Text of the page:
Earlier this week, we wrote on Wilson Bowden, one of the most profitable and efficient businesses in the housebuilding sector. A trading update from Wilson Connolly yesterday gives us the opportunity to compare and contrast with its unrelated almost-namesake. Wilson Connolly is one of the least profitable, least efficient companies in the sector, but it has called in a new team of master builders (led by the Post Office boss Allan Leighton as chairman and Graeme McCallum) to fix the subsidence in its share price and fill in the cracks that appeared during a disastrous year in 2001.
The new hard hats at the top have made job cuts at head office, demanded more standardised building work by its regional offices (which will cut design costs and allow raw materials to be bought in bulk), and has also sharpened the commercial attenae of its land-buying team. Margins, which had dipped below 10 per cent, are creeping back towards the company's target of 15 per cent, just shy of the industry average.
Meanwhile, the soaraway housing market, where new houses have been seeing strong inflation (although not as much as for second-hand homes), has helped, too, and Wilson Connolly was able to trumpet a 10 per cent increase in the value of forward orders over this time last year.
Wilson Connolly is often tipped as a likely candidate for consolidation, as the larger players snap up mid-tier rivals. This might support the share price, but there were reasons to be careful in yesterday's statement. In common with the rest of the industry, visitor numbers are flat at its sites across England and Wales and reservations are down as the housing market slows.
Down a tuppence to 184p yesterday, the Wilson Connolly share price, calculated as a multiple of earnings, stands at a premium to the rest of the sector, representing the market's hopes for a continued recovery. That makes them riskier than others in the sector, particularly now the easy margin improvements have been won. Investors will have fewer sleepless nights holding Wilson Bowden through the coming period of slower growth in house prices.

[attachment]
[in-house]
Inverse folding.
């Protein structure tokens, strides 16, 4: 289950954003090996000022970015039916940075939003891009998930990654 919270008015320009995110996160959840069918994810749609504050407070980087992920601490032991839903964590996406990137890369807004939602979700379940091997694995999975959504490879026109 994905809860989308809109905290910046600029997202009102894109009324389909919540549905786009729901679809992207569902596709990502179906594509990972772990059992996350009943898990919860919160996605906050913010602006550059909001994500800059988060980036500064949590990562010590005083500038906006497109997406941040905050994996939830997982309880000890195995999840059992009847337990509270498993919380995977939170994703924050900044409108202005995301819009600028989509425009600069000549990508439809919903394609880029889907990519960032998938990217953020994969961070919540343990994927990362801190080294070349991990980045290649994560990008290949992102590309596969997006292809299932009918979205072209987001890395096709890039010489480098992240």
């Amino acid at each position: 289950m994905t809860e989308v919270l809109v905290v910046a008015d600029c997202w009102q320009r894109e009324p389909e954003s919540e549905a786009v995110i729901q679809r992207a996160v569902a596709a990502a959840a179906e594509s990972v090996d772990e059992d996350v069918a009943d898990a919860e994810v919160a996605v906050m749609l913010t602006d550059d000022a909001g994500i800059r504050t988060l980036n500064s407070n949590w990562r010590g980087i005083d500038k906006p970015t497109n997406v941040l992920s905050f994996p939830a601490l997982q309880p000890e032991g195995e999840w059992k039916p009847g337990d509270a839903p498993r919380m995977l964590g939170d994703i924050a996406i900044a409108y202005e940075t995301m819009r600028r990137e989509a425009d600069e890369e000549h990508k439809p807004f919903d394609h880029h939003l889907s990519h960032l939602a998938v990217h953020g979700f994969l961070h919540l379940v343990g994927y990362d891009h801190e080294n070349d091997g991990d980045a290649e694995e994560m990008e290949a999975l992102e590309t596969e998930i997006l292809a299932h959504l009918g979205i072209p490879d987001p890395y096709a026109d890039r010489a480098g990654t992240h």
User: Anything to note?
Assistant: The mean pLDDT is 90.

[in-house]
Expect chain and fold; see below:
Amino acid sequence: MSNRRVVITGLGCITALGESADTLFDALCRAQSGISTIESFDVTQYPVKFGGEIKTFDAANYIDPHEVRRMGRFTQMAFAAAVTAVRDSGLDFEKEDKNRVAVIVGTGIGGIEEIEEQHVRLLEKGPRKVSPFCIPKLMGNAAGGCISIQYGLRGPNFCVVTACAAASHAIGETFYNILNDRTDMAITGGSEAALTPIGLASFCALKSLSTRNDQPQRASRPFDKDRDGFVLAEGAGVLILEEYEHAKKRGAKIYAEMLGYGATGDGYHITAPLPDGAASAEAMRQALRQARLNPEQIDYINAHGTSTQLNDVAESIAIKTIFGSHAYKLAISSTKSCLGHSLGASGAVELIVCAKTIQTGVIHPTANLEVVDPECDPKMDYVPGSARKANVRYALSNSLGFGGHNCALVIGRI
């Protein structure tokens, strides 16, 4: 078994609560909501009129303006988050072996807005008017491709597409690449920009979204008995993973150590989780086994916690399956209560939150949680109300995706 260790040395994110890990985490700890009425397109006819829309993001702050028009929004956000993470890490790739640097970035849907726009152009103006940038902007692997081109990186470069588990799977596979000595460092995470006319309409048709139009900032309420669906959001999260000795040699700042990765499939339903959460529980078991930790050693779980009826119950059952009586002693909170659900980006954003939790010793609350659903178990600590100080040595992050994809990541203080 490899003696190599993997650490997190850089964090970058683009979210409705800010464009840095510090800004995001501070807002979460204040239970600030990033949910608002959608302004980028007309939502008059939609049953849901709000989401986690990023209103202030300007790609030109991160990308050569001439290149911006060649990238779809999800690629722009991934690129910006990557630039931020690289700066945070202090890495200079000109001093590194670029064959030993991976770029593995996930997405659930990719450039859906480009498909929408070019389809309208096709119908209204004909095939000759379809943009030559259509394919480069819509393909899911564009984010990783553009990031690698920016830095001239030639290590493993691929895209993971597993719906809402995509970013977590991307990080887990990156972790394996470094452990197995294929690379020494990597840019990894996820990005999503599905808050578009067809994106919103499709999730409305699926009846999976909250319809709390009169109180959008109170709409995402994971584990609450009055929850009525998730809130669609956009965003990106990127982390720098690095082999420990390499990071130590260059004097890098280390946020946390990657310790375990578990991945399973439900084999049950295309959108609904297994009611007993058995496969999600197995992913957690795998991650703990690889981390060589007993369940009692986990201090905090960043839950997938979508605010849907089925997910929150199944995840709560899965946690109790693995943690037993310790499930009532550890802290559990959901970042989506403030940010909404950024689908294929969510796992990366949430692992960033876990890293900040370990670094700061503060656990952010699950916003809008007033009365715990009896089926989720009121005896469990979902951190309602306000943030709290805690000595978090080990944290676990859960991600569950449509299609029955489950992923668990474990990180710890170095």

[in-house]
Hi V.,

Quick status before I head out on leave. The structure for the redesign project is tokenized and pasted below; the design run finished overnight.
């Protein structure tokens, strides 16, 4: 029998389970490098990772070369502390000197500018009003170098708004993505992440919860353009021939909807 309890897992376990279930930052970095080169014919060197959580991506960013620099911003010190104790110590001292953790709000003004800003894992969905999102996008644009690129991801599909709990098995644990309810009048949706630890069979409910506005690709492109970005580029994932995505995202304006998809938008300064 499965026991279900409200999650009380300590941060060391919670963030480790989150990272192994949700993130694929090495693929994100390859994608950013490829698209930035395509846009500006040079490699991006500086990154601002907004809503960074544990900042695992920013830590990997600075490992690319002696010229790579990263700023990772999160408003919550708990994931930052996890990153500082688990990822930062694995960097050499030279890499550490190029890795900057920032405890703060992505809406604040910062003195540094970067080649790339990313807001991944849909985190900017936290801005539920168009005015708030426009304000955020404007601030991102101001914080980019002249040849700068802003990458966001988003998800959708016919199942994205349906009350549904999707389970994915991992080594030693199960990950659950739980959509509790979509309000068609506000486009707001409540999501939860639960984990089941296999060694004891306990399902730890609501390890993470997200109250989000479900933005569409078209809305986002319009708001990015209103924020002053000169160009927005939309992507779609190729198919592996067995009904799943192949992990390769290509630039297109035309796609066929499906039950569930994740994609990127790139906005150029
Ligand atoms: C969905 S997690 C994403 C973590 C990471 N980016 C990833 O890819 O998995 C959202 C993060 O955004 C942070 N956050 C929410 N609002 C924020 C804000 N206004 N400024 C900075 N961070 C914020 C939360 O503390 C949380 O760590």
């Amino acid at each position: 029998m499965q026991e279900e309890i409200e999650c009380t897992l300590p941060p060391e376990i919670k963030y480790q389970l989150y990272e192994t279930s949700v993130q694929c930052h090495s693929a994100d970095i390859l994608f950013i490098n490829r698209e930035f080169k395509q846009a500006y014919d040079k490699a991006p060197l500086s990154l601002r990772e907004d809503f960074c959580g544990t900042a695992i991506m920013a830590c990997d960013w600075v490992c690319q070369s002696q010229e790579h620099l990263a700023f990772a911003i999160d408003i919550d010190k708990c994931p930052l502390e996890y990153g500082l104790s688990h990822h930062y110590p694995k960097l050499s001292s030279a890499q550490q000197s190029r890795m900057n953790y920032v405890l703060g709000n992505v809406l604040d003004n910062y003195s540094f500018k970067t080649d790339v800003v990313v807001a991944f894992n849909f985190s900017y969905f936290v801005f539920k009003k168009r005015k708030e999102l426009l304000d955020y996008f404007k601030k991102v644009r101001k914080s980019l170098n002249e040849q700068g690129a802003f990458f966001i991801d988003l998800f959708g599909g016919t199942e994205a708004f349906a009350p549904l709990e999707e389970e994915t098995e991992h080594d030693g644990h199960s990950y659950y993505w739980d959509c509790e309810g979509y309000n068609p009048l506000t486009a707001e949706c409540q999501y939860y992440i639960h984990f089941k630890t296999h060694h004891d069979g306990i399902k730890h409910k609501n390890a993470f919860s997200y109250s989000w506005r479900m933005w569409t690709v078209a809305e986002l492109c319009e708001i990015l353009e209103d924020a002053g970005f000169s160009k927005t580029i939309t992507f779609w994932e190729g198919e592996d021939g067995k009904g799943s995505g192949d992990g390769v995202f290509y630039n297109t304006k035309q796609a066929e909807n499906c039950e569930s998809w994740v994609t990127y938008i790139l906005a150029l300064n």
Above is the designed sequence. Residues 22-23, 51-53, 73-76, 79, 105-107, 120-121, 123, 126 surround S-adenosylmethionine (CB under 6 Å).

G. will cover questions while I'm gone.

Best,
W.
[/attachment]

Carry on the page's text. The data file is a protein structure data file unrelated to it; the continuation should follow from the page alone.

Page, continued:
Wrap up International Greetings
It has been a year of recovery at International Greetings, the AIM-listed group that designs and makes greeting cards and wrapping paper. After a profits warning in Christmas 2001 due to problems in its UK division, the management has been concentrating on sorting the operational problems that led to a dip in profits after 21 years of growth.
That warning provided a serious jolt to a business which has licensing agreements to produce character merchandise, including cards, gift wrap and stationery featuring Winnie the Pooh and Barbie. Harry Potter is also another boom area and the next big thing is The Hulk film, due out in a fortnight, with International Greetings producing special display units for retailers. Also in the pipeline is a deal on Shrek 2, set for release in July next year.
The business looks in a strong position after a 22 per cent jump in full-year pre-tax profits to £11m on sales that were flat because the group decided not to chase lower-margin business. The company has net cash of £3.4m, giving it the firepower to make acquisitions in a market which is still highly fragmented.
Also, manufacturing is increasingly being shifted to the Far East, which now accounts for 34 per cent of supplies. But while costs are being lowered, quality is being raised as consumers increasingly seek better finishes such as glitter on cards and gift wrap.
One slight query is the United States, where profits halved after due to currency fluctuations and weakening trade in the independent retail sector. The business now wants to increase its distribution through the main retail chains.
Assuming profits of £12m this year, the shares - down 7.5p at 239p - trade on a forward earnings multiple of 12. Not cheap after a strong run but the shares remain attractive.
Still hidden value in Intercare
A profit warning from Intercare yesterday and another reminder that its drug distribution business is holding back the group as a whole, which is now trying to focus on the business of manufacturing pharmaceuticals.
Although two-thirds of the little group's turnover comes from distribution, this low margin business accounts for less than 40 per cent of profits. Intercare supplies generic drugs (that is, unbranded drugs where patents no longer apply) to pharmacies in the UK. And it dabbles in "parallel importing", taking advantage of free trade laws to buy branded drugs in European Union countries where they are cheapest and ships them into the UK. The business has been hit, Intercare said, by the rising euro (in which it pays for the products) against sterling (in which it sells them).
Parallel importing is a practice that infuriates the giant drug companies, although Intercare insists it has a grown-up relationship with such companies, who are important partners in other areas.
Intercare's manufacturing division is growing at some 10 per cent a year, thanks to contracts to make drugs on behalf of Big Pharma and thanks to its own customised drugs. A share price of 131.5p gives a market value of £109m which means there is hidden value here. Hold.
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